Steel toe boots are famed for their toughness and durability, as well as their ability to keep your toes safe on worksites and industrial areas where heavy objects can fall onto these rather delicate and vulnerable areas of your body.
Steel toe boots, as the name suggests, incorporate a steel plate into the design, usually located in the front of the boot directly above the toe area of the boot.
While steel toe boots are often essential for certain professions, there’s nothing worse than working a long day in a pair of new boots which haven’t been broken in.
This is especially true of steel toe boots which are usually a little tougher and more rugged than other types of boots, which makes them even harder to break in and more uncomfortable when you start wearing them, to begin with.
Uncomfortable footwear can have many implications for your health, some of them incredibly long-lasting and difficult to resolve, so ensuring you have helped make your boots as comfortable as possible is critical to your health and workplace performance/comfort.
In this guide, we’re going to look at a few different ways you can widen your steel-capped boots to enable you to break in your boots much more effectively and help mold them to your feet instead of mauling them.
Use A Boot/Shoe Stretcher
While a boot stretcher may not be a common household item, it’s one of the most effective ways to break in boots and help stretch them out so they fit you better, because it’s specifically designed to do so.
To use this method do the following;
- Use some leather conditioner (if using leather boots) and rub this in circular motions all over the boot. This helps protect the leather from being damaged when you stretch it and keeps it healthy for longer, improving the long-term quality of your boots.
- Use the handles on the boot stretcher to make sure it will stretch the boot correctly. A two-way stretcher should expand outwards in both directions. Ensure that the stretcher doesn’t move lengthways as this will lengthen the boots and make them narrower which is the opposite of what’s required.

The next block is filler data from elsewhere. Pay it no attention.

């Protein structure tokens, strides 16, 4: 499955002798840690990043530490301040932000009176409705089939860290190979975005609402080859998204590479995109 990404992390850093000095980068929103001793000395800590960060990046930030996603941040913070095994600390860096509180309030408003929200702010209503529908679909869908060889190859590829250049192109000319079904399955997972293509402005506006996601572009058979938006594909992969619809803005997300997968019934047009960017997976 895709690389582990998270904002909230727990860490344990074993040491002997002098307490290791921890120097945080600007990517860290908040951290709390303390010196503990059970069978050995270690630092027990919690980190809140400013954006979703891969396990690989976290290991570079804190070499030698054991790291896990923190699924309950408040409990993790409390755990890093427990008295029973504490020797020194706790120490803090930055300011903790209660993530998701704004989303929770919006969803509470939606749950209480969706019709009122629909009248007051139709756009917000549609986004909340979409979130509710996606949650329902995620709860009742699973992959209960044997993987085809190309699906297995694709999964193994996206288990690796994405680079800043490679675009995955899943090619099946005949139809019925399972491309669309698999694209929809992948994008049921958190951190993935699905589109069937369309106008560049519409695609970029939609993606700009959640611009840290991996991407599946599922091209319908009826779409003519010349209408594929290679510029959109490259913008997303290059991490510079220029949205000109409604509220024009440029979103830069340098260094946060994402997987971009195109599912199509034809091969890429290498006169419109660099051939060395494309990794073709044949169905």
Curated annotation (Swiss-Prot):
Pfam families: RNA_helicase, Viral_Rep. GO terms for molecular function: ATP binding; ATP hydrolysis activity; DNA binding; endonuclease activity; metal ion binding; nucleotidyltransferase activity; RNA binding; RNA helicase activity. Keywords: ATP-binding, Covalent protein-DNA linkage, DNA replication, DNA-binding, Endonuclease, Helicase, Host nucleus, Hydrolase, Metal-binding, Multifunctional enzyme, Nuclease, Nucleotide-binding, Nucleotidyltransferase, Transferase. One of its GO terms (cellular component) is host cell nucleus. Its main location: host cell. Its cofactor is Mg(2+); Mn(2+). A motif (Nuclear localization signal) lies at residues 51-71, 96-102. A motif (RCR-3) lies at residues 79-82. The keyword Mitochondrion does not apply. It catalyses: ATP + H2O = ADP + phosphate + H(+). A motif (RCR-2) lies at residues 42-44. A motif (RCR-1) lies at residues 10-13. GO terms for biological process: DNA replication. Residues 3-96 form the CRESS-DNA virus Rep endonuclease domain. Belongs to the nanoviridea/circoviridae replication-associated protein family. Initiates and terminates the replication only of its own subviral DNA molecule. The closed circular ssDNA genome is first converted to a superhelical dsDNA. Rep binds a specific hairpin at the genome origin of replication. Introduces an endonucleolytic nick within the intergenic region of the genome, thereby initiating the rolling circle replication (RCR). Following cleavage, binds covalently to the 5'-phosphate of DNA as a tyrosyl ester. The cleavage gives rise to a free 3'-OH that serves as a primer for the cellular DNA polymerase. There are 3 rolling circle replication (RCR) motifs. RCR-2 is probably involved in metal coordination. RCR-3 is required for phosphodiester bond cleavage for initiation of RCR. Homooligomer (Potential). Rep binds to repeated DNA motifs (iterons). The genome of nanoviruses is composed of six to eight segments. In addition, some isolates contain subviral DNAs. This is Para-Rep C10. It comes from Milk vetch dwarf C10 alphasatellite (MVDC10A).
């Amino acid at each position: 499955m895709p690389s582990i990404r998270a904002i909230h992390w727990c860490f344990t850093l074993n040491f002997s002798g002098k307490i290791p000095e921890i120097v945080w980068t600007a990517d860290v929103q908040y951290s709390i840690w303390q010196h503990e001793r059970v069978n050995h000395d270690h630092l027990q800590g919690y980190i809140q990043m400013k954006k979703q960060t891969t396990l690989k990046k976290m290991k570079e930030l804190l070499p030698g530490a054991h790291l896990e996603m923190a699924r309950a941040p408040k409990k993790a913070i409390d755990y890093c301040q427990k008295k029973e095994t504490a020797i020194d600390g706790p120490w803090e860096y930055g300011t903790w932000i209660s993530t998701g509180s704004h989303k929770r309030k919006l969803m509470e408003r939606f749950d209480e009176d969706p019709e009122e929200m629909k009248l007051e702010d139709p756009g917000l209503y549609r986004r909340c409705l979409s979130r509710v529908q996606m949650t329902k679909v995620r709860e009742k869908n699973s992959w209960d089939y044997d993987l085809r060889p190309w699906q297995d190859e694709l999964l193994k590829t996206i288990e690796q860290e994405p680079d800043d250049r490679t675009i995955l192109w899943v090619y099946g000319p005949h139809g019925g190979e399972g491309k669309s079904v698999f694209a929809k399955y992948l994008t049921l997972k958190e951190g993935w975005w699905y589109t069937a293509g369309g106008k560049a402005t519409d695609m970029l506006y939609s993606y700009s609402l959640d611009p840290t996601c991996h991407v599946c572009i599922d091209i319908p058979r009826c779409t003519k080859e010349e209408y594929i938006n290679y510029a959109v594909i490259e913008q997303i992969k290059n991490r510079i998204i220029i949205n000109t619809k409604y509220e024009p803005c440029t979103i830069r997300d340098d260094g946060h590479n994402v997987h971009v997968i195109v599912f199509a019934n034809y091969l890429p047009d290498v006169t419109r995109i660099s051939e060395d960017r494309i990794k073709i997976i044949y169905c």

- Turn the handles counterclockwise until they are closed enough to fit the stretcher in the boot.
- Insert into the boot and adjust the lengthener if necessary as well as the width of the boots to ensure it fits snugly inside the boot, and then adjust the width three or four more turns to help stretch the boot out.
- Leave the stretcher in place for 24 hours.
- Check the fit!
Heat The Boots
Another method of stretching out boots is to heat them, as this can make the leather more malleable and easier to stretch and mold to your feet.
- Put on two pairs of thick socks to protect your feet from the heat, then put on the boots you want to stretch.
- Use a hairdryer on its highest setting to begin heating the boot, particularly on the areas of the boot where the boot creases, as well as the edges of the boot. Hold the nozzle around 3 inches away from the leather to avoid damage.
- Once you’ve heated the boot for a minute in each area, and the boot feels more comfortable, you can walk around in them to help them stay in this wider shape.
- Now apply a leather conditioner or polish to help the leather stay moist and prevent cracking due to exposure to heat.
Use A Broom Handle Or Long Pole
This method uses leverage to help stretch the boot out and widen them, but it isn’t as refined as some other techniques.
- Use some leather conditioner on your boots preemptively if they’re leather to help prevent tearing or damage.
- Insert the handle of a broom or long pole into the boot and make sure you have enough space to get some good leverage on the protruding handle.
- Press down on the handle so it’s pressed against the base of the boot and then orient and move the handle around so that you bend and stretch the ankle of the boot and the uppers to help stretch them out. Do this for 30 seconds to a minute before changing the orientation of the handle and stretching a different area of the boot.
- Take the boots in your hand and bend the soles to help widen them and stretch them even more.
- You can do this for around 5 minutes and take a rest, then resume for another 5 minutes. Try the boots on after a few turns to test them and feel for differences, stopping when the boots feel loose enough and comfortable.
Stuff the Boots When Not in Use
This is a more old-fashioned method that helps the boots stay in the shape you’ve worked them into using one of the techniques above.
- Take some old magazines or newspapers and tear out plenty of pages.
- Scrunch the pages up into balls and stuff them tightly down inside your work boots until the whole interior of the boot is filled as if your foot were inside it.
- Leave the boots filled overnight or when not in use, as this will stop them from shrinking and reduce the chances of your adjustments being lost over time.